Busy Monsters

By WILLIAM GIRALDI  |  July 20, 2011

"You're gonna break your skull, fella," the gal kept shouting down to me, to which I replied, "I'd break that and many a more in the name of your safety." She stressed to me that she'd just as well wait for the fire department — those valiant buccaneers of Ladder Company Number 5, skirt-chasers and wannabe samurai, all of them — rather than risk bodily damage straddled across my back. I'd hear nothing of that.

"That is not romantic," I told her. When I reached her in the cage I thrust out my strong grip just as I had seen numerous movie heroes do — Errol Flynn and the like — and then, reassuring her of my brawn, flexed a bicep. I was in excellent physical condition, it's true, and could have modeled for one of those home gym systems with all the pulleys and wires and whatnot. Likewise, my hair had Vitalis shine, was not thinning.

She appeared incredulous and who could blame her? "Just hold on," I said, "and put some trust in me, Charles Homar. Others have done so and not been badly disappointed."

"I'd rather not die, thanks."

"Not a chance. I am neither bogus nor brash, just a citizen out doing his duty. Look into my eyes, miss. What do you see there? That's right: I was a Templar Knight a few lives ago. Let's meet the earth."

"Why do you speak that way?"

"What way?"

"That weirdo way."

"No comprende, chica."

"Oh, Christ," she said. "Are we really going to do this?"

And I said, "Really."

Light as a bag of foam packing peanuts — I had once toiled for a shipping firm — she held on as I descended that metal mess Mr. Ferris would have disowned had he seen it. This feat of heroism came breezily and without much sweat, so jazzed was I on her pheromonal scent, the elements of lust just then coalescing into love, a single-celled splotch becoming a giraffe. Onlookers cheered, some clapped; one obese popcorn-eater, spellbound by the scene, had a swift back-slap for me and then mumbled something incoherent, though it sounded faintly congratulatory.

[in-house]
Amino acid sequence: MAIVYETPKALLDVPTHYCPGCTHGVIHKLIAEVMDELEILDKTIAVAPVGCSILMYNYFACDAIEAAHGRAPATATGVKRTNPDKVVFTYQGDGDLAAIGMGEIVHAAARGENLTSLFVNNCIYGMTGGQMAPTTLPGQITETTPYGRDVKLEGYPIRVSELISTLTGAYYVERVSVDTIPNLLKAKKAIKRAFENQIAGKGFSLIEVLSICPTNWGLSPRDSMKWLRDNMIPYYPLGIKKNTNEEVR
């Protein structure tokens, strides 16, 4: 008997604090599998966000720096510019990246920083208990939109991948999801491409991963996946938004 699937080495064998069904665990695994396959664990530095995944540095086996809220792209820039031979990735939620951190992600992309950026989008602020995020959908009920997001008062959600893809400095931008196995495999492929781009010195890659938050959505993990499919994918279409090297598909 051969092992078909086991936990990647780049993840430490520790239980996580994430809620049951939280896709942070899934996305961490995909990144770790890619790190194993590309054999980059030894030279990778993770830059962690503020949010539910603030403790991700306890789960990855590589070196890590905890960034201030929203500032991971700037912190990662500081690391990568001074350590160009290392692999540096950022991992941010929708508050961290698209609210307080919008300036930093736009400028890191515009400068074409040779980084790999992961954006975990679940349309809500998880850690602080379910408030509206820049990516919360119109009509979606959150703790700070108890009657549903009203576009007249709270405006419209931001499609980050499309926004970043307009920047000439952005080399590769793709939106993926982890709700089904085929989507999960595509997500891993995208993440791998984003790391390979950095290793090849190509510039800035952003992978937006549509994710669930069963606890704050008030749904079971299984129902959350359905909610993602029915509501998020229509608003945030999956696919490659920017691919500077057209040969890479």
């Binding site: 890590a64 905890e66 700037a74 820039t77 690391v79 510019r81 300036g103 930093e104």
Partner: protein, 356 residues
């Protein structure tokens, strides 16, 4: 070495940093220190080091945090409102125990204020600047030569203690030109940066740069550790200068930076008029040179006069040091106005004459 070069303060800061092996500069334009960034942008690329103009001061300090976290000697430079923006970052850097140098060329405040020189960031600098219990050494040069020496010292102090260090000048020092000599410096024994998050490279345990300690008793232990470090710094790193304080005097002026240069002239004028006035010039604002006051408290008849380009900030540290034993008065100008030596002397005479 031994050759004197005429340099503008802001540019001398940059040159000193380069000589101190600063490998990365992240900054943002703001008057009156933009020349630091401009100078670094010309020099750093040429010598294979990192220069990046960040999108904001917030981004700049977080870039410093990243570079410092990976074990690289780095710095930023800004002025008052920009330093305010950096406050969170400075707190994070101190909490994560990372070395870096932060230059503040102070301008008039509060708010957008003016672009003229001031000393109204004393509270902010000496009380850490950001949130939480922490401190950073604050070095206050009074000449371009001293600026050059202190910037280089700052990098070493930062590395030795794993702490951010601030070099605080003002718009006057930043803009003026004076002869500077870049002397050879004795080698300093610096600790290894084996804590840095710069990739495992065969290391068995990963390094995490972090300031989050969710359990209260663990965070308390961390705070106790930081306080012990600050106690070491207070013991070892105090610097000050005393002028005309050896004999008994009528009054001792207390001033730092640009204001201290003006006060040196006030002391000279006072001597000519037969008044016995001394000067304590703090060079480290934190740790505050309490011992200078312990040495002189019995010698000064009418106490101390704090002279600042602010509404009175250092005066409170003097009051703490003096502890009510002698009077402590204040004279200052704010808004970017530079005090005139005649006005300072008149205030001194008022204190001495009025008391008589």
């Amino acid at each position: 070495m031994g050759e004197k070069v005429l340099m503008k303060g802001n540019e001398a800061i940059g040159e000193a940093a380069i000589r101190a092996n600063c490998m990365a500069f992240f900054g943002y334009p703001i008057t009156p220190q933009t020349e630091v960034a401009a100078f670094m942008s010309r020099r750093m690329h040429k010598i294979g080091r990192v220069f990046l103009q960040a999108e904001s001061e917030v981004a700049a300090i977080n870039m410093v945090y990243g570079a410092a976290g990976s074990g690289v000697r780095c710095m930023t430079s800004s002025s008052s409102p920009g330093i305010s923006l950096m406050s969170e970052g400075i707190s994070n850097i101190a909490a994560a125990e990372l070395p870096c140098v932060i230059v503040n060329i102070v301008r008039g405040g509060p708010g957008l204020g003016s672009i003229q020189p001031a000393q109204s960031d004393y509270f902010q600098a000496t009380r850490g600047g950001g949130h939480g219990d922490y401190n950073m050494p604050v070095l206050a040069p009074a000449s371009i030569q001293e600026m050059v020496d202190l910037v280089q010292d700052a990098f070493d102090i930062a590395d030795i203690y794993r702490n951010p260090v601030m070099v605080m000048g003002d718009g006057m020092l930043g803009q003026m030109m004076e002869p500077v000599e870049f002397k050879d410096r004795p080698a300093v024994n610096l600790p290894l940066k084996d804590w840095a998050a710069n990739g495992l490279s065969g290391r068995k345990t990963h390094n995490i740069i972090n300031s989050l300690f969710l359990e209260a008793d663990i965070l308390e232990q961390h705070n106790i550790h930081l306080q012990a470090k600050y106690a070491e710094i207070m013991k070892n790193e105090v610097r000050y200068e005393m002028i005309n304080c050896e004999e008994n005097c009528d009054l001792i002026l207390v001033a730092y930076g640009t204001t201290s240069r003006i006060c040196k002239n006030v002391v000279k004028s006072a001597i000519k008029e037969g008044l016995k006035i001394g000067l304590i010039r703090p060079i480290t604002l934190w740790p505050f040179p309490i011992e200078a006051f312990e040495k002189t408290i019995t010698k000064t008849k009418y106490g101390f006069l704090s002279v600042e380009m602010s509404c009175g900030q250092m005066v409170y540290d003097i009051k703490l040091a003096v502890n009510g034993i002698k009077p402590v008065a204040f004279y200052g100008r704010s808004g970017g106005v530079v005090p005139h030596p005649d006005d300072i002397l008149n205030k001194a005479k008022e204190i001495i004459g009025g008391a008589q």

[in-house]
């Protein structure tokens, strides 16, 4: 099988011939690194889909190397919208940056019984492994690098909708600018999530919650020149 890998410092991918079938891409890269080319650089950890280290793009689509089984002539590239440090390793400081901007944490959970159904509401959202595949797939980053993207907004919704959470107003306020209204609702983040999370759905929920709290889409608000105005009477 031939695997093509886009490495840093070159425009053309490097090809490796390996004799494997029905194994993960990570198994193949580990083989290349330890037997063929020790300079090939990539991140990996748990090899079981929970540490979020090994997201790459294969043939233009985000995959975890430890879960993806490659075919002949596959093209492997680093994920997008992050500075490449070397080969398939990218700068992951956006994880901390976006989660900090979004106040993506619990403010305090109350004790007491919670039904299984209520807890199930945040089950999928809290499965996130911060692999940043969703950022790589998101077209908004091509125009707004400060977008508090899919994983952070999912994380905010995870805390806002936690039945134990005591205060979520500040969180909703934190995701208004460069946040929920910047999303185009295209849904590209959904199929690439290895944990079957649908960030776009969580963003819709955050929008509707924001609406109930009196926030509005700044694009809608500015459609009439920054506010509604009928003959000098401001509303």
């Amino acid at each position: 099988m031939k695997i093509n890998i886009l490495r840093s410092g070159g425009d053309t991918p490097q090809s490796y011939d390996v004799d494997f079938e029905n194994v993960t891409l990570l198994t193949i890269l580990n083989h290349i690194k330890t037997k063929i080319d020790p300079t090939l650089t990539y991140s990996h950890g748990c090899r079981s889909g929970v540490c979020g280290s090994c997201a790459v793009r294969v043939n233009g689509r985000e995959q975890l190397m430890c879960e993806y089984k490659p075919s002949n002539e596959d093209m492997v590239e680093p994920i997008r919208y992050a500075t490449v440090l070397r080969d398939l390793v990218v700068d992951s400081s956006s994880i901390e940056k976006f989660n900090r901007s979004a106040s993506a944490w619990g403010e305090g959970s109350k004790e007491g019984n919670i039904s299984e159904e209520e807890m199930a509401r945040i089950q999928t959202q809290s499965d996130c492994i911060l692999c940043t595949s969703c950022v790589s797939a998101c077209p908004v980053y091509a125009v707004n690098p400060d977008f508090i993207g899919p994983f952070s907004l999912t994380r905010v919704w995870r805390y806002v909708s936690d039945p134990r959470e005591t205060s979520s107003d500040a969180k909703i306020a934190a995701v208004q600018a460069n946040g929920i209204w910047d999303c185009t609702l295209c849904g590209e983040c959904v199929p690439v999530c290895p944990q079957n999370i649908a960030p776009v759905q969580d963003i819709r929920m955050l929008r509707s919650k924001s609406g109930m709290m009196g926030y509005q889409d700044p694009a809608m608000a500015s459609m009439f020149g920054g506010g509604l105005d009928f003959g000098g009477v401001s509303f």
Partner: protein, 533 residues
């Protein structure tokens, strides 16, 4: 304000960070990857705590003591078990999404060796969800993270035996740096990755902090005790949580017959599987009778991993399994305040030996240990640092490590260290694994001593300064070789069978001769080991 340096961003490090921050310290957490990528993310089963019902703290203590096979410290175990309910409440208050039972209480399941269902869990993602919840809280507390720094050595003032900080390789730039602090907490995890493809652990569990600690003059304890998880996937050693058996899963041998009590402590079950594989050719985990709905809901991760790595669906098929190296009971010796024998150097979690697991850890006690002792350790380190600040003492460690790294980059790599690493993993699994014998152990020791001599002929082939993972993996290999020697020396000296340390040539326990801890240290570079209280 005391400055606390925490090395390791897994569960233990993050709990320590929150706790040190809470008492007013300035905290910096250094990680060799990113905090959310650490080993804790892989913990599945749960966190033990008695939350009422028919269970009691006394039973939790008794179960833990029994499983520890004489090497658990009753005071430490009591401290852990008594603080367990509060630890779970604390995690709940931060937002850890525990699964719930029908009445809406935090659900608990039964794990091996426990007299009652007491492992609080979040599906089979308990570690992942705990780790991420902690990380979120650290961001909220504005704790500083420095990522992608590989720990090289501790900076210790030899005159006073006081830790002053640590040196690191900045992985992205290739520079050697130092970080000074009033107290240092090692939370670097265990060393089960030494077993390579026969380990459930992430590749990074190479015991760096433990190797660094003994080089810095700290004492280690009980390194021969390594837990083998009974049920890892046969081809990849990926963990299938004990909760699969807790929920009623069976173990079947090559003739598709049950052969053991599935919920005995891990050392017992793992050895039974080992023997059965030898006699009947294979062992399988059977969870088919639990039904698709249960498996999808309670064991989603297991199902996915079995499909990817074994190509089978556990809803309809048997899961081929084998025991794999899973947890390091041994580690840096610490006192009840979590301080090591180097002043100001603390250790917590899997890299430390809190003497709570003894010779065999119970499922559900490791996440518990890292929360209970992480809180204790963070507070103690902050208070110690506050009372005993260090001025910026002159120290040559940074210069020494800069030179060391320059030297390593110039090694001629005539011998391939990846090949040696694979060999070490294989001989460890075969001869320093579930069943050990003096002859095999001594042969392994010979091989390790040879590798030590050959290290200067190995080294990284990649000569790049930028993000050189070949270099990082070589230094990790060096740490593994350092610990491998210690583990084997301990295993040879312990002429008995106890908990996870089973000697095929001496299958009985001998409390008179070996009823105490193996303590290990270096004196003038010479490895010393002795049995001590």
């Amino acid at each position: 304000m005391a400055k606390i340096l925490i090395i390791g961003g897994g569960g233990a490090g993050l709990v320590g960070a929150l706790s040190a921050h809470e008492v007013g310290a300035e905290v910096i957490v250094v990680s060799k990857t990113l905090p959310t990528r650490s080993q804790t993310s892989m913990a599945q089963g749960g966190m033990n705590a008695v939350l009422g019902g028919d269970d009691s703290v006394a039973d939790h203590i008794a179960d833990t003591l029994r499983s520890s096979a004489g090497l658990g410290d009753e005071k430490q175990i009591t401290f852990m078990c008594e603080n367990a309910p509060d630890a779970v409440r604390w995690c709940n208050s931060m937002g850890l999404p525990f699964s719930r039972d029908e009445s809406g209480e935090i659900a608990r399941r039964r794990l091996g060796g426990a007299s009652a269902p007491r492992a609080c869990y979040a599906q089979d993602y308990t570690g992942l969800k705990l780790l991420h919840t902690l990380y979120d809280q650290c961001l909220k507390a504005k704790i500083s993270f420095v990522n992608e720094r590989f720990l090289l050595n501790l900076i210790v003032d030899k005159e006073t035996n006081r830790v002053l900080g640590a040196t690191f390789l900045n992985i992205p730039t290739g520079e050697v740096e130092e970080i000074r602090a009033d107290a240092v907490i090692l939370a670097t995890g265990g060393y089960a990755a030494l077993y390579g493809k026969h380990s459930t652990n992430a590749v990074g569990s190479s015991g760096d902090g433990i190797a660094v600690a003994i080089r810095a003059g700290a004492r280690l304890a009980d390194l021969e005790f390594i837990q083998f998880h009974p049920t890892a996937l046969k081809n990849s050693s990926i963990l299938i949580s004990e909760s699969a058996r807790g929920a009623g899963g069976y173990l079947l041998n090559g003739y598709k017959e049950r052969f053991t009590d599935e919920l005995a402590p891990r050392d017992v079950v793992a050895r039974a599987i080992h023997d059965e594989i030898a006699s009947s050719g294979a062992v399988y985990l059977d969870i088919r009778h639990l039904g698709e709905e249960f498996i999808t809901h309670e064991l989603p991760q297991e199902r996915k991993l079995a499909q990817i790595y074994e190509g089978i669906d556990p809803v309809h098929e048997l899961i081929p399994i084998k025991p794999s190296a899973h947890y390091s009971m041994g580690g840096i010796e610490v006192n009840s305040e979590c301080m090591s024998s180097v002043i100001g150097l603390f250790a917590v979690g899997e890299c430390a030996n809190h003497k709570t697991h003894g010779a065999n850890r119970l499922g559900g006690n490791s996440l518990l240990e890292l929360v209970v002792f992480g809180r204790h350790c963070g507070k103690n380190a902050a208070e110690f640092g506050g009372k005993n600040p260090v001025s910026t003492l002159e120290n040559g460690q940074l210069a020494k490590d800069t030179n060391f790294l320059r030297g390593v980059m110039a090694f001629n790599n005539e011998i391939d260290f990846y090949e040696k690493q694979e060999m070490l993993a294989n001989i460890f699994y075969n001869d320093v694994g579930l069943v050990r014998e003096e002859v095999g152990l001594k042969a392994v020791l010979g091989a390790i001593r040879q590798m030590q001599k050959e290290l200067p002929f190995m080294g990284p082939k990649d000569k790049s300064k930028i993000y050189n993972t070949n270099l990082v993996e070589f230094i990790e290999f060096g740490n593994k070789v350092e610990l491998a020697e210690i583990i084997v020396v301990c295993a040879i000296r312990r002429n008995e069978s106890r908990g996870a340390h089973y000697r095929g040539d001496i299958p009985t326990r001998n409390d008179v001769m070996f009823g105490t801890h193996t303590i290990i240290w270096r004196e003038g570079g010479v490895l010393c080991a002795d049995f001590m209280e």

Soon the fireworks were done; boredom ensued and people dispersed. Gillian and I stood there, hands in pockets, not five feet apart, her breath still the nervous kind of the almost-harmed. Me: I was sweating now, but not from the climb.

"Thanks for saving my life, fella," she said. "I guess you're a hero."

"It's just a job, madam," I said.

"But we could have waited for the fire department, you know."

Where did her lips get their collagen pink puff? The last time I had seen lips like those in person was when unwise nuns had hired me to teach autobiography to a classroom stocked with teenage Catholic females. In my head now was a violin and organ ditty circa 1850. Something German.

"Local firefighters would have accidentally grabbed your breast while helping you down, believe me."

"I see," she said. "And your touching my breast was accidental?"

The record playing my dreamy German ditty scratched to a halt: you know the sound. "What? I touched your breast? No. I'm a gentleman. Really. No, I didn't. Did I? What?"

"I'm kidding," she said, and her teeth were so white! "Not touched. More like brushed."

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